The Good, Bad, and Ugly of Xbox Live Enforcement

In: Articles by Nicholas "Heartbreak Ridge" Sylvain

29 Jul 2010

codeofconductsonI was unaware of online gaming until I got my first Xbox 360 at launch. Fortunately, in the run up to launch I had become associated with some fine gaming folks at AVS Forum who in turn pointed me to some gaming communities for adults interested in enjoying their favorite hobby with each other. As a result, my first few online experiences were with online lobbies full of mature adults who were interested in gaming, talked to each other, and generally displayed consideration and tolerance for each other (especially the online newbies). Nobody sang into a microphone, Gamertags were readable without decoding, and nobody started yelling out obscenities or slurs like a monkey flings poo.

In other words, it was not a typical session on Xbox Live.

Since then, from time to time I have ventured out into the lawless wilds of Xbox Live, playing among the general membership. Needless to say, it seems as if it is only a matter of minutes before the uglies come out to play. If it’s not an arrogant jerk screaming at people for making mistakes, it’s a prepubescent squeaker, a homophobe, or another sort of unpleasant folk. If this  kind of experience were typical when I first signed on to Xbox Live, I wonder if I would have come back.

Now, don’t get me wrong. I agree that Xbox Live does a good job in giving you tools to mute, avoid, and report the jerks. That is the Microsoft mantra, preached by Stephen Toulouse (aka: Stepto, the director of Policy and Enforcement on Xbox Live) on Major Nelson’s podcasts and during his own sermons from the Book of Enforcement at PAX. While this is good, I don’t think it is good enough.

To me, the online twerps are an online poison. One drop among many is sufficient for a potent venom to have a toxic effect, and so even a small number of cretins can seriously take the fun out of gaming and give you a reason to not game online (or at least with people you don’t know). If you can identify who is the source of verbal diarrhea (which can be difficult during a frantic game and which can be made harder depending on a game’s user interface), you can mute them, but by then the abuse has had its effect on your ears. Avoiding them in theory means you won’t be subject to their special brand of foulness, but that hardly makes a dent in the hordes of online cockroaches out there or reduce the likelihood of running into someone similar in the next game.

If you have grounds to file a complaint, the hardest part of the process may be deciding which single category of offense to pick. However, at this point you run into a different problem: You never really know what happens to your complaint, for good or for ill or somewhere in between. Even if you make a point to check offenders Gamertags regularly, unless they get Gamerscores reset or get “Code of Conduct” slapped all over their profiles, you may have not even an inkling if they got to taste even a whiff of the “banhammer.”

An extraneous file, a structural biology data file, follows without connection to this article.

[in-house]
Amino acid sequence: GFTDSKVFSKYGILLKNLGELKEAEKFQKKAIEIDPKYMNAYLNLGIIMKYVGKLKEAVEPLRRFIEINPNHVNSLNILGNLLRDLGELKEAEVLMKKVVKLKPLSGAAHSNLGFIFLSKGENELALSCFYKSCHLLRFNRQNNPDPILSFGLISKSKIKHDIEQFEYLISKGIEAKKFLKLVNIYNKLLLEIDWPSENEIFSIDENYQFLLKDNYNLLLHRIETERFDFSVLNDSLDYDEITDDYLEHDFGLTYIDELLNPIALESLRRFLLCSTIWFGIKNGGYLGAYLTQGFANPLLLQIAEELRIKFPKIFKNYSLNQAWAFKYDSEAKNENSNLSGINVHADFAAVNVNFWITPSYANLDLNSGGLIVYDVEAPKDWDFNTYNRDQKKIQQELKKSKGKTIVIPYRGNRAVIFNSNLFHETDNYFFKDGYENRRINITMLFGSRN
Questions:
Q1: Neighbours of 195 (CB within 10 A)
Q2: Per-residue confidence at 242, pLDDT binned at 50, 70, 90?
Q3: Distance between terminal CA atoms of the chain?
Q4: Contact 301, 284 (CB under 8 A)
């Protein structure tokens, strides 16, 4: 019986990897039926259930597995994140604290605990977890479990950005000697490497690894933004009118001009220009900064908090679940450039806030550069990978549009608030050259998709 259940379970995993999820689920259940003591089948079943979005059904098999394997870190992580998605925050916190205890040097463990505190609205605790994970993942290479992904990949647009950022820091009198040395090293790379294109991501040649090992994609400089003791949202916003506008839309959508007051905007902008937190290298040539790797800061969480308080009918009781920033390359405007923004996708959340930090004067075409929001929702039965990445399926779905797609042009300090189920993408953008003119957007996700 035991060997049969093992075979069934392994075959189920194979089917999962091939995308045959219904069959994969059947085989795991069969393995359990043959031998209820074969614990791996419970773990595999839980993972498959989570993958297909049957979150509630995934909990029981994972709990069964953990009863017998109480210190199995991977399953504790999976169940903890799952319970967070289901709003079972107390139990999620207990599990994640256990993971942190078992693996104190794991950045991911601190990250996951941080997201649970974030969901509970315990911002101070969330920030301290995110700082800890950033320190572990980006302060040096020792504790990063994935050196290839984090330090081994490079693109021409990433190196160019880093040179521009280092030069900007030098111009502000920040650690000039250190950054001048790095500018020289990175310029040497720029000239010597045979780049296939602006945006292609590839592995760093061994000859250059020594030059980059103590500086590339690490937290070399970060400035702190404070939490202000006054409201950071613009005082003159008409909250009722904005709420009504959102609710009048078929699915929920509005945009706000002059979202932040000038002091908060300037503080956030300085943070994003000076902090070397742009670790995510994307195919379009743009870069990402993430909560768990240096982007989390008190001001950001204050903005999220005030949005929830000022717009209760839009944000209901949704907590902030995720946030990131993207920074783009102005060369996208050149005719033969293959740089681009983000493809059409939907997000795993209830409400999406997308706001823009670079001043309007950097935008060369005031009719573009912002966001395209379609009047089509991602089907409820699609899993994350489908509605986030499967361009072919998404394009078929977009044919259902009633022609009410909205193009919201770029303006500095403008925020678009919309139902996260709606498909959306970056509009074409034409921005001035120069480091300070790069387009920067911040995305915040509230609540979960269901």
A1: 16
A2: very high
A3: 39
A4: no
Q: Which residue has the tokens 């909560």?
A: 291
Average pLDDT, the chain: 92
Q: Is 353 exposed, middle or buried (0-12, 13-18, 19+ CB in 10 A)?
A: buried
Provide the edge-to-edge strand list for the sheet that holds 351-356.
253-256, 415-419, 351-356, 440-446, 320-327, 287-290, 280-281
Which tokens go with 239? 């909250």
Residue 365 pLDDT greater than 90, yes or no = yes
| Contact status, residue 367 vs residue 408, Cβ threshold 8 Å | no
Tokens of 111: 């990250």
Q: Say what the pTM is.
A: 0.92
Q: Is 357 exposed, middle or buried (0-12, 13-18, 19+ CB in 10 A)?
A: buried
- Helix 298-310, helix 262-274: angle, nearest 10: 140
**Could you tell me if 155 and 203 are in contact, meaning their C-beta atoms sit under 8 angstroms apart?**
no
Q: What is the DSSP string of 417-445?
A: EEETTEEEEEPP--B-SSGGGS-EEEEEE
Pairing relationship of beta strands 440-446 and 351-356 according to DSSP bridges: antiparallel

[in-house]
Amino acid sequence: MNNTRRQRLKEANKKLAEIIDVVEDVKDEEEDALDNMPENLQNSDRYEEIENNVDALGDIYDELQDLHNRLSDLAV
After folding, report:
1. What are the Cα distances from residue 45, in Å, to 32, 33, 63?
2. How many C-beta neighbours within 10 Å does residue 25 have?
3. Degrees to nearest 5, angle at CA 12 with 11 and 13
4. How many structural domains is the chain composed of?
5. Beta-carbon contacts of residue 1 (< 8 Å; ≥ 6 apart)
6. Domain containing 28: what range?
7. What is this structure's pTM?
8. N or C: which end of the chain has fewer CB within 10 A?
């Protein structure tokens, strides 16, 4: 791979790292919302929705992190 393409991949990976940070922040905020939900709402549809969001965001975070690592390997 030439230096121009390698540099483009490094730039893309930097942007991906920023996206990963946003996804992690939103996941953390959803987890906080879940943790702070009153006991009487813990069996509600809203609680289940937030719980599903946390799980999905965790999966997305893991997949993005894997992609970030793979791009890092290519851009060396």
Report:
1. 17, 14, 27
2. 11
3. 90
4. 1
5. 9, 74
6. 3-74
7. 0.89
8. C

In the past, if you got lucky, you might see that jerk speak up in the Account Suspensions and Console Bans forum on Xbox.com. I also admit (as I yelled out to Stepto at his PAX East panel) I have found that forum to be a source of daily amusement and an instructive experience because the enforcement team (oftentimes “The Pro,” in his own delightful style) would recite the specifics of the miscreant’s deeds and leave the reader in no doubt as to what was done wrong. More recently, the Enforcement Team seems to have added a lot more to its ranks, but the results are disappointing. Rather than inform and entertain the audience, the Enforcement Team members simply quote the reason for the enforcement action. I’m sure this has sped up response times, but without examples, the educational effect and the entertainment value are entirely absent.

It is a legal maxim that justice must be seen to be done. This is part of what the current Xbox Live enforcement model lacks. If you can’t see justice being done, then you have doubt about whether the killjoys are getting what’s coming to them, and that’s not a prescription for a quality online experience that encourages people to keep coming back.

One way for Xbox Live to address the matter would be for some form of clan support, which has been on many wish lists for a very long time. Playing with people you know is the best way to avoid the jerks, and allowing members of large gaming communities to easily find each other would be a step forward. You can certainly accumulate a friends list full of decent people, but that’s a clumsy manual process and you’ll quickly run out of room in any decent-sized gaming community. It would be more helpful to instantly access a larger membership list, particularly if it included tools so that you could also find fellow clan members who are interested in a particular game or genre. Now that legacy original Xbox support has been eliminated, perhaps we will finally get some movement on this long awaited feature?

My fingers are firmly crossed!

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1 Response to The Good, Bad, and Ugly of Xbox Live Enforcement

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XBL’s New Price: Virtual Gold Takes a Hike - GameHounds

August 30th, 2010 at 12:05 pm

[...] more excited about measures that let me play only with friends and avoid the trash — you know, like clan support? Or perhaps a more robust matchmaking system with better fine-grain [...]

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